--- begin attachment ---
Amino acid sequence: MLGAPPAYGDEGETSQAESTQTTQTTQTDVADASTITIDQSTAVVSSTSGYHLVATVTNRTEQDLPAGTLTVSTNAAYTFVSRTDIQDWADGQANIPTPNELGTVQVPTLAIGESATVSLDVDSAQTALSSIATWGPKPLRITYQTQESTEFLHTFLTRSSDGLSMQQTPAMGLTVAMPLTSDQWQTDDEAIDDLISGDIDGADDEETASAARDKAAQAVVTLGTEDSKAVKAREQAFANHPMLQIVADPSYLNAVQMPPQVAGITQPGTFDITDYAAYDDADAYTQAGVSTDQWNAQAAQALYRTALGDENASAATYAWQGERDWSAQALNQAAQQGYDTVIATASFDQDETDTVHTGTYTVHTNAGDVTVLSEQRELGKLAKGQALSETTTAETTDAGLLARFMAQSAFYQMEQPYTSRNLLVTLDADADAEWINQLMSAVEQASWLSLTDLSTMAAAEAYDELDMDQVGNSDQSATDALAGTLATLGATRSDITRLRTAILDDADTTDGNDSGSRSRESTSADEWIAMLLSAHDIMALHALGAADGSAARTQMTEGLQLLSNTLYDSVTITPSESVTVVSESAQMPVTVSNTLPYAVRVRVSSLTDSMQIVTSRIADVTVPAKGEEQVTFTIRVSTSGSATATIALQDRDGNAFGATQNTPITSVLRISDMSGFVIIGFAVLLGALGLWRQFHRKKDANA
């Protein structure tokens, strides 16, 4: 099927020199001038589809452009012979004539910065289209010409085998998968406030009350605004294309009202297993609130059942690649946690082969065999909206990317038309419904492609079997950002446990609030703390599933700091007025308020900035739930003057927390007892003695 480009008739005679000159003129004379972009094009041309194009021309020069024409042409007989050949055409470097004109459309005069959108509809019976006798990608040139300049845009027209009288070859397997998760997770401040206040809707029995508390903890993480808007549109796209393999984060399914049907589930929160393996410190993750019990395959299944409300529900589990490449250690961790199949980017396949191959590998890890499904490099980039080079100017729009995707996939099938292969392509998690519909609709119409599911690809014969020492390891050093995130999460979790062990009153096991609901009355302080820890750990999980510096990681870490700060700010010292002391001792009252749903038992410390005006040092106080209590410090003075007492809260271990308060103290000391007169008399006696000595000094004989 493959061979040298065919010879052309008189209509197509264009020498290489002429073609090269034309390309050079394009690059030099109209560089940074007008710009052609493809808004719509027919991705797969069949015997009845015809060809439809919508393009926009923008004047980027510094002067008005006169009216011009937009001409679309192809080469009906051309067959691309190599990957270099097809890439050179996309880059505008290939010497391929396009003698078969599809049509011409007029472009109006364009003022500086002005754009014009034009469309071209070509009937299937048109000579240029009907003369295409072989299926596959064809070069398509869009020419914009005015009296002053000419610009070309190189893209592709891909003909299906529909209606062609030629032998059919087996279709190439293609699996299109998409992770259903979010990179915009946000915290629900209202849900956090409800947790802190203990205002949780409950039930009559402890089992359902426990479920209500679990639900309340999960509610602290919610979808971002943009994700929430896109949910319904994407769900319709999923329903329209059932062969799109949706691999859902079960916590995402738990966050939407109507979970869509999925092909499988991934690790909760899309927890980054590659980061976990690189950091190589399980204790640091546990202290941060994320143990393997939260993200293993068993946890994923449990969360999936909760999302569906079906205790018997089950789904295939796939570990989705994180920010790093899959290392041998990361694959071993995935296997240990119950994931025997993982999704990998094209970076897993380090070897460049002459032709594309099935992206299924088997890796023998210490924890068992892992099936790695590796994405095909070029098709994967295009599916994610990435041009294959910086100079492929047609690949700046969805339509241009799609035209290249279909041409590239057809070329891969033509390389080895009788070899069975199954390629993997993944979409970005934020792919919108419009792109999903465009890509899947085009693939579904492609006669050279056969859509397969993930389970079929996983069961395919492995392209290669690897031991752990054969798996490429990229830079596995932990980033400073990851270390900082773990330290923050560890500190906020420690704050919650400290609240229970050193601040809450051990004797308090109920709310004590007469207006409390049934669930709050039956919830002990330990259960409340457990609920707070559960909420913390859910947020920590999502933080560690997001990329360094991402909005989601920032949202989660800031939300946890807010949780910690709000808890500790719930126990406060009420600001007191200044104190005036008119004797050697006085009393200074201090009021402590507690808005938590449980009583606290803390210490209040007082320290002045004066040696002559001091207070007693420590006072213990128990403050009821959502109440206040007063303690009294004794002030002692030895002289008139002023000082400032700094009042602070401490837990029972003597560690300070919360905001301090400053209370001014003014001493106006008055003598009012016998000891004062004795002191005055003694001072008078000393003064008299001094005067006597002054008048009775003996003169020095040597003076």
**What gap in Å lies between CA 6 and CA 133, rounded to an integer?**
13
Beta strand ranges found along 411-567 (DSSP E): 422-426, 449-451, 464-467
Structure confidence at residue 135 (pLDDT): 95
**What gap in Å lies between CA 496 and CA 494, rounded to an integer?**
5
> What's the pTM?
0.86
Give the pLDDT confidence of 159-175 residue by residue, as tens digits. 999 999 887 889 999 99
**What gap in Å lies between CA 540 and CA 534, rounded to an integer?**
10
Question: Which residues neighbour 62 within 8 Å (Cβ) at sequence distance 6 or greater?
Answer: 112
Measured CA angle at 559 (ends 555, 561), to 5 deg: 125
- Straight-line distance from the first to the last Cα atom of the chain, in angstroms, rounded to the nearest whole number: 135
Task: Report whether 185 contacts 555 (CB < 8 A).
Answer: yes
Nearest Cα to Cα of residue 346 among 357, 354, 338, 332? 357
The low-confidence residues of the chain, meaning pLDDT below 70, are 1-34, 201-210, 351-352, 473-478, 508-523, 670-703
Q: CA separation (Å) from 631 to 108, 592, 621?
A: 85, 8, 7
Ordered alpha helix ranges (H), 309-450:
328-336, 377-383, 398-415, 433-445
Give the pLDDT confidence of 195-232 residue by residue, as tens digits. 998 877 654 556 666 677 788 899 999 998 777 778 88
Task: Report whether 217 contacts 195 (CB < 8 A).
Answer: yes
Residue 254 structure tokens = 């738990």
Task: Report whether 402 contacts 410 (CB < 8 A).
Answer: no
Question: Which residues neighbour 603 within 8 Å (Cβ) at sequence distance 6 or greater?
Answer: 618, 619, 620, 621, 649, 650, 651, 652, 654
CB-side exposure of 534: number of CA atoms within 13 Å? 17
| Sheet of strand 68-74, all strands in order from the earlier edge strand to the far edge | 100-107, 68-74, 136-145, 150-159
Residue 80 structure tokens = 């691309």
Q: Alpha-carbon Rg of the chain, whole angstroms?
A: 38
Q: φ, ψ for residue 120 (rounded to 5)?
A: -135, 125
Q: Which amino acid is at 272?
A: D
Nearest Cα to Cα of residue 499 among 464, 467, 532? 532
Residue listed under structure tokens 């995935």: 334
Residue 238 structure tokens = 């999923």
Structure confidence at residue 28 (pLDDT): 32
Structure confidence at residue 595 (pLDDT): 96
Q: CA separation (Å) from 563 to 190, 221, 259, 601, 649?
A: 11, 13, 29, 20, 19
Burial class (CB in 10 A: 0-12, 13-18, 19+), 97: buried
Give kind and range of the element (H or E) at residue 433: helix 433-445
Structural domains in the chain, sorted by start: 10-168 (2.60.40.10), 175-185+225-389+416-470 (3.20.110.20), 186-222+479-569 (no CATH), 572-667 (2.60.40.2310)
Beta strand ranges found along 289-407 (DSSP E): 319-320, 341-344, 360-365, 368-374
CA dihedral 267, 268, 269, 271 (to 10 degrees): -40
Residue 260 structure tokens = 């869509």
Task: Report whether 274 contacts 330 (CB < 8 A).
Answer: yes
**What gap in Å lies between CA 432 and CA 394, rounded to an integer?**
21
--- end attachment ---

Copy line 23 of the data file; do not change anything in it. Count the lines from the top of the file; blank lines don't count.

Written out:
A: 85, 8, 7